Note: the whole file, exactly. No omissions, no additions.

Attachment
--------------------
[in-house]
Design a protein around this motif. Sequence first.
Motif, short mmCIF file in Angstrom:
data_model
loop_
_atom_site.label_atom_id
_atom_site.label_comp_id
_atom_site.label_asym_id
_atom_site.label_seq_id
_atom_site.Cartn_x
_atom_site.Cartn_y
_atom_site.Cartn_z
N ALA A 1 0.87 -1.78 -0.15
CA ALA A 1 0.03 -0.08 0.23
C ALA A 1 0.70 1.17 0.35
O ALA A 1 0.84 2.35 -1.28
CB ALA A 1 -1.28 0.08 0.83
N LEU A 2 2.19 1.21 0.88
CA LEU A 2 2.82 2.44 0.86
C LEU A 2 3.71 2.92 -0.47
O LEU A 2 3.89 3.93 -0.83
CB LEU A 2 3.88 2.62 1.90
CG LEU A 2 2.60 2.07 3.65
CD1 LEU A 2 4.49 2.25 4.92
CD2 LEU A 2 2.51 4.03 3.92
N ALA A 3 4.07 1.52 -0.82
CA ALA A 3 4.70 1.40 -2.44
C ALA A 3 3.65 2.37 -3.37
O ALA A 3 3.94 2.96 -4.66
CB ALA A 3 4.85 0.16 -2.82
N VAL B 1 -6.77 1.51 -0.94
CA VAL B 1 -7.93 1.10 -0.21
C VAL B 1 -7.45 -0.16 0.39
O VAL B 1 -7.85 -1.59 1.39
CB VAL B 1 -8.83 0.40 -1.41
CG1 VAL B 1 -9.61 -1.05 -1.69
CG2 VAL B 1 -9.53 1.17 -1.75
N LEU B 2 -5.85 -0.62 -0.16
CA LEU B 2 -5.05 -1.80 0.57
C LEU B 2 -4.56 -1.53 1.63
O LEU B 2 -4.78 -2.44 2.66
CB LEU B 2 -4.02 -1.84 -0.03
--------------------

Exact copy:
[in-house]
Design a protein around this motif. Sequence first.
Motif, short mmCIF file in Angstrom:
data_model
loop_
_atom_site.label_atom_id
_atom_site.label_comp_id
_atom_site.label_asym_id
_atom_site.label_seq_id
_atom_site.Cartn_x
_atom_site.Cartn_y
_atom_site.Cartn_z
N ALA A 1 0.87 -1.78 -0.15
CA ALA A 1 0.03 -0.08 0.23
C ALA A 1 0.70 1.17 0.35
O ALA A 1 0.84 2.35 -1.28
CB ALA A 1 -1.28 0.08 0.83
N LEU A 2 2.19 1.21 0.88
CA LEU A 2 2.82 2.44 0.86
C LEU A 2 3.71 2.92 -0.47
O LEU A 2 3.89 3.93 -0.83
CB LEU A 2 3.88 2.62 1.90
CG LEU A 2 2.60 2.07 3.65
CD1 LEU A 2 4.49 2.25 4.92
CD2 LEU A 2 2.51 4.03 3.92
N ALA A 3 4.07 1.52 -0.82
CA ALA A 3 4.70 1.40 -2.44
C ALA A 3 3.65 2.37 -3.37
O ALA A 3 3.94 2.96 -4.66
CB ALA A 3 4.85 0.16 -2.82
N VAL B 1 -6.77 1.51 -0.94
CA VAL B 1 -7.93 1.10 -0.21
C VAL B 1 -7.45 -0.16 0.39
O VAL B 1 -7.85 -1.59 1.39
CB VAL B 1 -8.83 0.40 -1.41
CG1 VAL B 1 -9.61 -1.05 -1.69
CG2 VAL B 1 -9.53 1.17 -1.75
N LEU B 2 -5.85 -0.62 -0.16
CA LEU B 2 -5.05 -1.80 0.57
C LEU B 2 -4.56 -1.53 1.63
O LEU B 2 -4.78 -2.44 2.66
CB LEU B 2 -4.02 -1.84 -0.03